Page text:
I scanned the adults for my parents. I couldn’t see them. There was a fire going and it made everyone’s faces dark. “It got canceled,” I said.
“Whataya mean, canceled?”
The twins had found their mother and climbed up onto her lap. “The van broke,” one of them said. Then the other one repeated it: “The van broke.”
One of the adults laughed in the dark. “Well that stinks!” I couldn’t see my mother or father anywhere.
* * *
The grown-ups were always telling us to go screw. If my parents were in the trailer, they’d want me to go find someone to play with, Lisa and Lori or Tim, the boy who made me knock over the totem pole. If my parents were sitting with other adults at night, they’d tell us kids to go play in traffic, even though there wasn’t any. On some nights, teenage girls would take us to the drive-in over in Weirs, two or three of us lying flat in the back of a station wagon with a blanket over us so they wouldn't have to pay for us. From the back seat we'd watch Mary Poppins or Herbie the Love Bug, but mostly I'd sit back there and stare at the teenage girls in the front seat with their big hoop earrings and and eye makeup and bare shoulders. Once in a while one would turn around, a joint between her fingers, and ask us if we were having fun. I said I was.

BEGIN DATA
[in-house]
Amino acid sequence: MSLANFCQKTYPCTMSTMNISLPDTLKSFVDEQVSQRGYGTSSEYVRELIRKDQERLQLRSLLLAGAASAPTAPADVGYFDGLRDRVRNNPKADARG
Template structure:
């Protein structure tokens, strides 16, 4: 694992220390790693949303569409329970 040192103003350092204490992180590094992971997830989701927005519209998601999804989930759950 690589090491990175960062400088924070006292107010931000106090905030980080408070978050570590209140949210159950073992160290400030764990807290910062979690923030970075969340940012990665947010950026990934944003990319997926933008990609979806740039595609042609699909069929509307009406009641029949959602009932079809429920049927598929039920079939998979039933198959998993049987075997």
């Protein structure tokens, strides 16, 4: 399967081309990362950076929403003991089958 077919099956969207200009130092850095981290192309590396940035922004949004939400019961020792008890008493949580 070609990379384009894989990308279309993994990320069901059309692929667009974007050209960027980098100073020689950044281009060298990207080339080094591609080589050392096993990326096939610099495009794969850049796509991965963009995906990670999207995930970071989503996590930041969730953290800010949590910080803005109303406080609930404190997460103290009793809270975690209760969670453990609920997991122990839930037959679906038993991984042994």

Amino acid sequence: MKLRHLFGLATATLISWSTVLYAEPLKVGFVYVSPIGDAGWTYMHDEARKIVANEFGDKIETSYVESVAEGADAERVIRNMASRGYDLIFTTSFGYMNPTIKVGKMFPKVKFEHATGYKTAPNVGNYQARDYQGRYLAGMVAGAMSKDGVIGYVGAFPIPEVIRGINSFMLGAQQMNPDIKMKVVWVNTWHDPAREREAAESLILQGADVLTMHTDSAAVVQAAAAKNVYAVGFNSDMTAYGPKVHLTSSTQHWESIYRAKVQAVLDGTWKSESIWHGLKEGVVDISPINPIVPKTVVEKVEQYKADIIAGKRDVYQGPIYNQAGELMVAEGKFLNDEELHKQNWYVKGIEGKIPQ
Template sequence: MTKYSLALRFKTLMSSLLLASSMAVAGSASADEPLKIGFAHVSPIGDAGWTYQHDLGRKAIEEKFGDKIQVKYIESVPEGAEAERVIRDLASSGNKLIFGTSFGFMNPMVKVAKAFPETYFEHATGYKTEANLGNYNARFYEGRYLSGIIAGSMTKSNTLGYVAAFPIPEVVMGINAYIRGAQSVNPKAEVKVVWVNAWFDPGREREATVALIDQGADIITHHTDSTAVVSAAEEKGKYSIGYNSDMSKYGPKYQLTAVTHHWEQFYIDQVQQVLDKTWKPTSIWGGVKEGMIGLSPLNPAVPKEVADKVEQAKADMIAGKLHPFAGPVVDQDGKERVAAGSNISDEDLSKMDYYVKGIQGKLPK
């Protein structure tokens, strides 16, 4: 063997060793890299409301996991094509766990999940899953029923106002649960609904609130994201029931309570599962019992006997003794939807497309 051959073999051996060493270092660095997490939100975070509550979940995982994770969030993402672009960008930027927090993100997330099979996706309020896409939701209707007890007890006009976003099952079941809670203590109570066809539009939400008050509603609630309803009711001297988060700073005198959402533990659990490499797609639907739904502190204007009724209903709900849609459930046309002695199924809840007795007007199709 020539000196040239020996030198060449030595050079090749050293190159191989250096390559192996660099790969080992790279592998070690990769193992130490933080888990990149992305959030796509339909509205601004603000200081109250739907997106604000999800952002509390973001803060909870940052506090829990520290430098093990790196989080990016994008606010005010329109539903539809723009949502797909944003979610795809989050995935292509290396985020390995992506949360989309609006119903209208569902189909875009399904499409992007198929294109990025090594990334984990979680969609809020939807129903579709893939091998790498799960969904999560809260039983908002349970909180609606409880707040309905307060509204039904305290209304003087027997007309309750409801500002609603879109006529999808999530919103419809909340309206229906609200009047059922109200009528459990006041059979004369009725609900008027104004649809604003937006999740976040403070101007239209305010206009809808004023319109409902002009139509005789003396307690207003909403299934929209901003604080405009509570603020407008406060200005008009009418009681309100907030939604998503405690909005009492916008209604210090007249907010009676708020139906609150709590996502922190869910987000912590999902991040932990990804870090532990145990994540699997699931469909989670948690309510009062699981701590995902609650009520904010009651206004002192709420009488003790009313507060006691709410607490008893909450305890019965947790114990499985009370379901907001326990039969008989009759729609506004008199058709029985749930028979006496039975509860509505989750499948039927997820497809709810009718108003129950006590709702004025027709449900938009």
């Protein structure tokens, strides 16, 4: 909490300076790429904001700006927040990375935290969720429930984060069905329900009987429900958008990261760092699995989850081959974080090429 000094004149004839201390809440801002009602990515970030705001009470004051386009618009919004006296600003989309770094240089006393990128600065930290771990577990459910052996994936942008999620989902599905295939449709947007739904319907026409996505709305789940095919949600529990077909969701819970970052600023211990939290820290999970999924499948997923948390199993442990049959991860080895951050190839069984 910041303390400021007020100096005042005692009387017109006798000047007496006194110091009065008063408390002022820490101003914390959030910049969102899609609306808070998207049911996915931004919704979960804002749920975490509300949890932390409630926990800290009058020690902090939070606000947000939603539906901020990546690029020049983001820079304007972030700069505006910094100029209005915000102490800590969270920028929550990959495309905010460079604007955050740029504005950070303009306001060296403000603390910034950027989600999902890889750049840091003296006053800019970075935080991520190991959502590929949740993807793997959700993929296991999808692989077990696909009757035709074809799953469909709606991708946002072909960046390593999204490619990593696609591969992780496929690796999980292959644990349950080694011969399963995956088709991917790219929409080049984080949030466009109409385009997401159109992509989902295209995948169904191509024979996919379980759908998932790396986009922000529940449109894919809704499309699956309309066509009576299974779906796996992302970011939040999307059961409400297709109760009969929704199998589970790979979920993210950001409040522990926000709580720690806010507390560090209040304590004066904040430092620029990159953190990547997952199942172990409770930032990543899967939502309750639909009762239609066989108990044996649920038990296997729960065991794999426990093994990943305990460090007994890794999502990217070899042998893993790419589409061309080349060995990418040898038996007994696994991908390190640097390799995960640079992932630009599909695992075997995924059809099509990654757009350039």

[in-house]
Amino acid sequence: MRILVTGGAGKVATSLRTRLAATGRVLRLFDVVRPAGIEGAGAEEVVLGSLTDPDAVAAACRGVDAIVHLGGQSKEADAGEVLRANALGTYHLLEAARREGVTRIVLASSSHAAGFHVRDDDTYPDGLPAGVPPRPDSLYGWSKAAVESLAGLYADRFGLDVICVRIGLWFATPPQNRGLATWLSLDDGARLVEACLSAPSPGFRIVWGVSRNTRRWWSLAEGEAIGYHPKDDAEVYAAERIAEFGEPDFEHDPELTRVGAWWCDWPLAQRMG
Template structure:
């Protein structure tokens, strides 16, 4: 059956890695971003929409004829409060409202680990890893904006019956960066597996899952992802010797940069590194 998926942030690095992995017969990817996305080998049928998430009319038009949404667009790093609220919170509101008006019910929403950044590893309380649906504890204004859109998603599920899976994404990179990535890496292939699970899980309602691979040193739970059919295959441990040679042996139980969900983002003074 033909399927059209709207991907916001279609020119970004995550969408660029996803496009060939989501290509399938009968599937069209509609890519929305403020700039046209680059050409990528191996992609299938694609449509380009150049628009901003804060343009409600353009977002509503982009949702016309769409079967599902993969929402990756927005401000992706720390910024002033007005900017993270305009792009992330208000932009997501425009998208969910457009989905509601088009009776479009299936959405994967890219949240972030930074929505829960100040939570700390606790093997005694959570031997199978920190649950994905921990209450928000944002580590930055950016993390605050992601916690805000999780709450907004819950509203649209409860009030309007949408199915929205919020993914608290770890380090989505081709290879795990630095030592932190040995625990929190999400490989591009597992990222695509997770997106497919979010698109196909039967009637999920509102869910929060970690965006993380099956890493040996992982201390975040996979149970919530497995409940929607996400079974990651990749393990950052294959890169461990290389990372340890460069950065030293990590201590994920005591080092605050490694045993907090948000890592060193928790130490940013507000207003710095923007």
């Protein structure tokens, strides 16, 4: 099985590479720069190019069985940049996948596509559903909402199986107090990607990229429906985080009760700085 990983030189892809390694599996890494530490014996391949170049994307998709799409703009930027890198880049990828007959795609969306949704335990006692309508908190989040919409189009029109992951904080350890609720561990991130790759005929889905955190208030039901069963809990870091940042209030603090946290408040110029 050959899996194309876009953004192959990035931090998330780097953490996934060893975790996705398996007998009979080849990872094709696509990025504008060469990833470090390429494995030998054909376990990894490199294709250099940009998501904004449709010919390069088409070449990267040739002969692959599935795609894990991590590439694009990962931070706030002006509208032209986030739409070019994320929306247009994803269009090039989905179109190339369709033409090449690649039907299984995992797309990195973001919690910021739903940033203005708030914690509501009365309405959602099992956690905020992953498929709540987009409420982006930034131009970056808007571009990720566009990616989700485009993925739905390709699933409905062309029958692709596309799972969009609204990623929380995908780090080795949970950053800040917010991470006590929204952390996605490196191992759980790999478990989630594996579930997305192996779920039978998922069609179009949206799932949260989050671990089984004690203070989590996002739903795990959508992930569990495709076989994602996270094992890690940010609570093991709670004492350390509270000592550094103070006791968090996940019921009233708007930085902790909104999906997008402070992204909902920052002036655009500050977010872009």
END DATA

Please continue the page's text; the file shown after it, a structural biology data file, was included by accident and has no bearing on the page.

We’d walk from trailer to trailer, looking for kids, adding a few here and there to our group like metal shavings to a magnet wand. We went inside the twins’ trailer and their older sister, Lynn, popped us some popcorn and made a pitcher of grape Zarex. The twins had a doll that ate baby food and pooped in a diaper. I kept feeding it and waiting for it to poop. The doll had purple magic marker on its lips, messy and scribbled, from when one of the twins was younger.